A Seattle study of IN naloxone administered by BLS providers cited a 15 percent rate of “naloxone associated violence” which was probably exaggerated as the authors included agitation and vomiting as violent behavior when, in fact, these were probably withdrawal symptoms [9].

Also consider the odd locations where opioid overdoses often occur. In the absence of ALS, and the inability of BLS or law enforcement responders to administer an opioid antidote, it is quite likely that overdose victims would need to be carried significant distances to a waiting ambulance or ALS unit.

Such patient movements, especially over difficult terrain, have tremendous potential to result in back or other musculoskeletal injuries to the care providers. Patient compromise is also possible should the rescuers not be able to support respirations throughout patient movement. With the availability of IN naloxone, many overdose patients recover their ability to ambulate from the scene, thus limiting potential injury to responders.

Disadvantages of naloxone include the initiation of withdrawal symptoms (regardless of how it’s administered). Unlike other agents, opioid withdrawal signs and symptoms, which include tremors, sweating, agitation, nausea, vomiting, and anxiety are non-life threatening and resolve relatively quickly (30 to 60 minutes) due to the short half-life of naloxone [7]. 

Shortages of naloxone have occurred and the recent surge in use may result in additional shortages. Originally sold by Endo Pharmaceuticals under their brand name, Narcan, the surge in community naloxone programs unfortunately coincided with Endo’s discontinuation of their naloxone products in July 2013 after 41 years of sales. The resulting shortage has since been alleviated by the two remaining manufacturers, Amphastar and Hospira. 

On the fast track for approval, expected by March 2015, is a naloxone nasal spray from AntiOp. Naloxone is not currently approved by the U.S. Food and Drug Administration for intranasal use hence, manufacturers cannot sell naloxone prepackaged for IN use.

EMS services can order naloxone IN kits, but such use is considered “off label” by the FDA. The end result increases the price of IN naloxone kits used by civilians, law enforcement and first responders to the $50 range whereas the naloxone itself retails for only $20 per dose.

We have a problem and a solution. Opioid overdoses are increasing worldwide. While heroin is a common culprit today, even in rural areas,, patients may overdose on any variety of both prescription and non-prescription opioids. Recognizing the circumstances and classic signs and symptoms of opioid overdose can save a life.

References:

1. U.S. Department of Justice, Public Affairs.  News Release: Attorney General Holder, Calling Rise in Heroin Overdoses ‘Urgent Public Health Crisis,’ Vows Mix of Enforcement, Treatment.  March 10, 2014.  On-line, available at: www.justice.gov/opa/pr/2014/March/14-ag-246.html.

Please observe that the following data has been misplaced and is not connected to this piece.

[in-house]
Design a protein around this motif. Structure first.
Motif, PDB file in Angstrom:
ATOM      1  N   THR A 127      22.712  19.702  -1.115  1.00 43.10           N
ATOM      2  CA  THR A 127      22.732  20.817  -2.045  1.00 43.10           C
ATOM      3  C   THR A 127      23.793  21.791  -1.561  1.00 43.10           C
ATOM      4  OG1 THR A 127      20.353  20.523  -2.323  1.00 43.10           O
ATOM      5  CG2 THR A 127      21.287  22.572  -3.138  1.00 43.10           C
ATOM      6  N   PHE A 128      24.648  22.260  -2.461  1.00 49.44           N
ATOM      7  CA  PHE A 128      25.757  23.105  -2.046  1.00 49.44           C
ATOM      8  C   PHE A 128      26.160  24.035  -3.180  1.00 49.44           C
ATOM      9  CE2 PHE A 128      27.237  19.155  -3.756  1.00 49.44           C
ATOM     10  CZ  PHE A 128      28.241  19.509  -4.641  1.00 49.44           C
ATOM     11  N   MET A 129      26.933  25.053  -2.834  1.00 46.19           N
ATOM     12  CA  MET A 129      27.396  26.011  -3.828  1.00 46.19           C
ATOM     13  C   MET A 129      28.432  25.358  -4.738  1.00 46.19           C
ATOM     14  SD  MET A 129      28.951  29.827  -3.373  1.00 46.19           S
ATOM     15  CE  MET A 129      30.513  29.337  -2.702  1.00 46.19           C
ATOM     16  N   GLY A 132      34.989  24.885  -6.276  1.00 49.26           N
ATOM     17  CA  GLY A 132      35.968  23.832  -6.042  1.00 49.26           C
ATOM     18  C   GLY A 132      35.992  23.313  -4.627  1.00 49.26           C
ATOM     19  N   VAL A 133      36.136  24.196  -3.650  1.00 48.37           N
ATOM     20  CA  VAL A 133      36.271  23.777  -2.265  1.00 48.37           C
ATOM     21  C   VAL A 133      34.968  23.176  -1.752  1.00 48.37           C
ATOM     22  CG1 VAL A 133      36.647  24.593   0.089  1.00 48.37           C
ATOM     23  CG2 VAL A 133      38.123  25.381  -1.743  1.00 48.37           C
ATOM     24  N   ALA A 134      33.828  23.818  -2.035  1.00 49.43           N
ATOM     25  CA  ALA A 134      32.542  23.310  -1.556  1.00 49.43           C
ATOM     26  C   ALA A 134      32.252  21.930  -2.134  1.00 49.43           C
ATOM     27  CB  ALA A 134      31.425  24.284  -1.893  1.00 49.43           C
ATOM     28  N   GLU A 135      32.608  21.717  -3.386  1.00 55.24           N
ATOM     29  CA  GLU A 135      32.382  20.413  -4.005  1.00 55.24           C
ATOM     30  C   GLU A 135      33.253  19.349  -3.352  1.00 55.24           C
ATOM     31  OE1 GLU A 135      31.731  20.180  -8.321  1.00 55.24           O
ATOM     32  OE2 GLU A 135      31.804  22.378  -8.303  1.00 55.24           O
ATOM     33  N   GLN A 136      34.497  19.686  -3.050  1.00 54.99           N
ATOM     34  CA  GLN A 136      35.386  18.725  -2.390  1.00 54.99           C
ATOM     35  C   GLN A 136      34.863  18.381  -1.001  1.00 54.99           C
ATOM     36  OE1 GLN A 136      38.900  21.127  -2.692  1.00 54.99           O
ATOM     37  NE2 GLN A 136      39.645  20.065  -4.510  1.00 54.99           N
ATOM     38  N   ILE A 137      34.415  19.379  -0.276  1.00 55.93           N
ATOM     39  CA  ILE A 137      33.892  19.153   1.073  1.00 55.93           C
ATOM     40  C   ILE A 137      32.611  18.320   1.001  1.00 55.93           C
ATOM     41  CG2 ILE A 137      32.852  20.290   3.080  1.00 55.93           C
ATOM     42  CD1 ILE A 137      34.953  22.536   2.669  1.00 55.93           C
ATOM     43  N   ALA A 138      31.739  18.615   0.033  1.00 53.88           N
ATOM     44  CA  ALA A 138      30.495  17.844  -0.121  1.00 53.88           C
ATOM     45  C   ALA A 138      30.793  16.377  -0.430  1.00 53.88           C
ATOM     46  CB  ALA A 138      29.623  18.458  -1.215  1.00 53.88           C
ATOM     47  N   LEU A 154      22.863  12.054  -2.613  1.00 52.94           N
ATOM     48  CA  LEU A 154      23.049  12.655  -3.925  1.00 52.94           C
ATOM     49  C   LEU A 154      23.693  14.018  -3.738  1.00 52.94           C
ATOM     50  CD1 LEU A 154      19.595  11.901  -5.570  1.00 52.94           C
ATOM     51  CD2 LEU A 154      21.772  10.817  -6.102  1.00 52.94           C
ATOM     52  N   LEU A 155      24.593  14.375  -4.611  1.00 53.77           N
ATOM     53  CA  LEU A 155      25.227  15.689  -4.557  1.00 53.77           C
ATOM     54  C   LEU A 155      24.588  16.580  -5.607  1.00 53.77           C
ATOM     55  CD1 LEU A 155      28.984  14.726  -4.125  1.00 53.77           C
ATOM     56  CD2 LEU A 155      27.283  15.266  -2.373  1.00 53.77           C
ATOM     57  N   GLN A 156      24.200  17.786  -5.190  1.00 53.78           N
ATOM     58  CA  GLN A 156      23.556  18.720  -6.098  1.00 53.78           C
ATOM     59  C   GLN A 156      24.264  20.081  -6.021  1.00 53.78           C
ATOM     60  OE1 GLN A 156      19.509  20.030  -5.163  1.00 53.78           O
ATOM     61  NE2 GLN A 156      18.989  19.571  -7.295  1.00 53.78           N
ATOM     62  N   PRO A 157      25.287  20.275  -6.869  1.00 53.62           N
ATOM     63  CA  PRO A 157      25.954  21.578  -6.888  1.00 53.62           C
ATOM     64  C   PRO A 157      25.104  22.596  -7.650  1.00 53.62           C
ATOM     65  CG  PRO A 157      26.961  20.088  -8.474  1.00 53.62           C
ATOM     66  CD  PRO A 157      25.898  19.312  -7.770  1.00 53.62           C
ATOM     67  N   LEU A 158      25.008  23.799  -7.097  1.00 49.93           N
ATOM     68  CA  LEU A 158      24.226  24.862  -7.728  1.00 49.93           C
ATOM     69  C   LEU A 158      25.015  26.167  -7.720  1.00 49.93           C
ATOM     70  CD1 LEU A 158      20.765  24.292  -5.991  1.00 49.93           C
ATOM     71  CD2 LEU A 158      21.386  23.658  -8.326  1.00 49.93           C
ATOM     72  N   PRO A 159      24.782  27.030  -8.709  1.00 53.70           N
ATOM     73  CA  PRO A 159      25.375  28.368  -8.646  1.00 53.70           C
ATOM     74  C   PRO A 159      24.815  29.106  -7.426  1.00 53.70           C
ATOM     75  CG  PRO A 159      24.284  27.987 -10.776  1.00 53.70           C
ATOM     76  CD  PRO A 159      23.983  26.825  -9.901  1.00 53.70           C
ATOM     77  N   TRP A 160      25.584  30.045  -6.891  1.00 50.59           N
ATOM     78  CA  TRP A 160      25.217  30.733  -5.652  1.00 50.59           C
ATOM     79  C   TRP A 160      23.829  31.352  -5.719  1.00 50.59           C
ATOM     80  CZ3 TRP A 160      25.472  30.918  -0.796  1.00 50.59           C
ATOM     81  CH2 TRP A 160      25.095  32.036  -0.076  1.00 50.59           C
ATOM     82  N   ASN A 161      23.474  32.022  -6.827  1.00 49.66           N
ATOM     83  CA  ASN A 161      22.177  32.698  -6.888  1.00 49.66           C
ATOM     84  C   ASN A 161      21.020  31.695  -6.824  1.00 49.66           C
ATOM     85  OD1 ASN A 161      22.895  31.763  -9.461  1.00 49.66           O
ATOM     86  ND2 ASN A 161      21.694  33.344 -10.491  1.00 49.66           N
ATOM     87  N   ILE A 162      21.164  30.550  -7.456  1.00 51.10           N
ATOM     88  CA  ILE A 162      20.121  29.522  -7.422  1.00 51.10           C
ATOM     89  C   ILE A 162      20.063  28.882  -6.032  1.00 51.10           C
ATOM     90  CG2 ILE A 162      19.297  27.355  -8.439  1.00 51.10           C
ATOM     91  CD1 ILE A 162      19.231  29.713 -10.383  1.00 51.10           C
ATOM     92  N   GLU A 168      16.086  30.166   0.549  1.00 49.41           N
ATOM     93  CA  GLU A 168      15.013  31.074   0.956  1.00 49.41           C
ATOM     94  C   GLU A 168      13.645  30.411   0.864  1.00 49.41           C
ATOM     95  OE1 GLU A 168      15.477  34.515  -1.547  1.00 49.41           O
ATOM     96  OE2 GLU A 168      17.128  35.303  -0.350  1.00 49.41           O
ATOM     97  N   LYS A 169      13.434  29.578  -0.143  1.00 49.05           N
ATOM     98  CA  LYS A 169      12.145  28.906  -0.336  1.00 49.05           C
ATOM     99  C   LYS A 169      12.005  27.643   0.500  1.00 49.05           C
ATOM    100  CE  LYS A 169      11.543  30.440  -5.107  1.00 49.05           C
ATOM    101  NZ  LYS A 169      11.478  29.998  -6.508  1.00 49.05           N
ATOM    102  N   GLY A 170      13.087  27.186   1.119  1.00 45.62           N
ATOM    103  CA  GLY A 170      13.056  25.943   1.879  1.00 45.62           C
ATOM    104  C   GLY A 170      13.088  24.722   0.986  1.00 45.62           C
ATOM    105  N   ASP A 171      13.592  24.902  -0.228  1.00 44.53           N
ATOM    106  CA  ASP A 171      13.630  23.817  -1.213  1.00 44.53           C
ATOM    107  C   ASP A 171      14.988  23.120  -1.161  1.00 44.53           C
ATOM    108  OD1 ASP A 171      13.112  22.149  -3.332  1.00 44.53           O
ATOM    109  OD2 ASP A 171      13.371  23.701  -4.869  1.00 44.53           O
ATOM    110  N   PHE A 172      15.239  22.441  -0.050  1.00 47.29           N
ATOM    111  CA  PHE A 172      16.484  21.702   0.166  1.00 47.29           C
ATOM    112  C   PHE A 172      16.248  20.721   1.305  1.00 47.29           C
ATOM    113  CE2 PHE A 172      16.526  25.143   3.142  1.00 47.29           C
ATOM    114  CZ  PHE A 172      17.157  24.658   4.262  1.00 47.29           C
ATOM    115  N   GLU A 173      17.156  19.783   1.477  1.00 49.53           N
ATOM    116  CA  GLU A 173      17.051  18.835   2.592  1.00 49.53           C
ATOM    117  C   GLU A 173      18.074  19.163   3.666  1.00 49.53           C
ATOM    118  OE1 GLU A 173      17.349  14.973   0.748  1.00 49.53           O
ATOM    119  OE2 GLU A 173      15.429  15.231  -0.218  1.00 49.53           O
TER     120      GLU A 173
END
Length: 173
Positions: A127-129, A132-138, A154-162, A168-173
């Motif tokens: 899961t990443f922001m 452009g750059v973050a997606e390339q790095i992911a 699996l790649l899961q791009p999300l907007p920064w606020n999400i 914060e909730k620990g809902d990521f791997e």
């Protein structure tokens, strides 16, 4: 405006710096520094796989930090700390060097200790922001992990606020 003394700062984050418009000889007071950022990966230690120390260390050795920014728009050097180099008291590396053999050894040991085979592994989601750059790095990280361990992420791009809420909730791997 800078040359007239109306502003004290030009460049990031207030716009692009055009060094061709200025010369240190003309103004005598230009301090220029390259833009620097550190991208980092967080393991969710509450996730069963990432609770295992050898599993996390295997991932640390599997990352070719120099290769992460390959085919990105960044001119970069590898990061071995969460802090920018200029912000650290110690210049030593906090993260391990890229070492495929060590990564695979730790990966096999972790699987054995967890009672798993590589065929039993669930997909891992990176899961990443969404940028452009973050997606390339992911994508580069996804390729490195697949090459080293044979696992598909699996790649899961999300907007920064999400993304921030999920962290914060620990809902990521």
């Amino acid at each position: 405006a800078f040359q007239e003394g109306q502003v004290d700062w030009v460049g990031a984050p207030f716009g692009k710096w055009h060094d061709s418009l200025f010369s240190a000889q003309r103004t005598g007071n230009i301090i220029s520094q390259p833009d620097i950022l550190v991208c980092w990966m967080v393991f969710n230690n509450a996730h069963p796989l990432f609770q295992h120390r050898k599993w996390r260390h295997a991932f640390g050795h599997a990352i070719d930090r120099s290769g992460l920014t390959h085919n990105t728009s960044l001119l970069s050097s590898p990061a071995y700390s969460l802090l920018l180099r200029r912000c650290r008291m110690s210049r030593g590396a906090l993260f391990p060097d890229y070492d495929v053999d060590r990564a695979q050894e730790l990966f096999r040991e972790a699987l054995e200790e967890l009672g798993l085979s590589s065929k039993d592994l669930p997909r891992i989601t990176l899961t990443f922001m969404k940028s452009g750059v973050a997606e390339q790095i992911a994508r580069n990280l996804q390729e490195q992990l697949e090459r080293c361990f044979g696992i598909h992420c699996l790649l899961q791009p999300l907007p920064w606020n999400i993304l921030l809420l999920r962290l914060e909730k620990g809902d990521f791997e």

2. Gray E. Heroin gains popularity as cheap doses flood the U.S.  Time. 2014 (Feb 4);183.  On-line, available at: http://time.com/#4505/heroin-gains-popularity-as-cheap-doses-flood-the-u-s/.

3. Kerr D, Dietze P, Kelly A.  Intranasal naloxone for the treatment of suspected heroin overdose.  Addiction.  2008; 103:379-386.

4. Ashton H, Hassan Z.  Intranasal naloxone in suspected opioid overdose.  Emerg Med J. 2006;23:221-223.

5. Dowling J, Isbister GK, Kirkpatrick CM, Naidoo D, Graudins A.  Population pharmacokinetics of intravenous, intramuscular, and intranasal naloxone in human volunteers.  Ther Drug Monit. 2008;30:490-496.

6. Weber JM, Tataris KL, Hoffman JD, Aks, SE, Mycyk MB.  Can nebulized naloxone be used safely and effectively by emergency medical services for suspected opioid overdose?  Prehosp Emerg Care.  2012;16:289-292.
7. Wermeling DP. A response to the opioid overdose epidemic: naloxone nasal spray.  Drug Deliv Transl Res.  2013;3:63-74.
8. Centers for Disease Control and Prevention. Community-Based Opioid Overdose Prevention Programs Providing Naloxone — United States, 2010.  MMWR. 2012;61:101-105.  On-line, available at: www.cdc.gov/mmwr/preview/mmwrhtml/mm6106a1.htm.
9. Belz D, Lieb J, Rea T, Eisenberg MS. Naloxone use in tiered-response emergency medical services system.  Prehosp Emerg Care.  2006;10:468-471.

 

About the author

Mike McEvoy, PhD, NRP, RN, CCRN is the EMS Coordinator for Saratoga County, New York and a paramedic supervisor with Clifton Park & Halfmoon Ambulance. He is a nurse clinician in cardiothoracic surgical intensive care at Albany Medical Center where he also Chairs the Resuscitation Committee and teaches critical care medicine. He is a lead author of the “Critical Care Transport” textbook and Informed® Emergency & Critical Care guides published by Jones & Bartlett Learning. Mike is a frequent contributor to EMS1.com and a popular speaker at EMS, Fire, and medical conferences worldwide.Contact Mike at mike.mcevoy@ems1.com.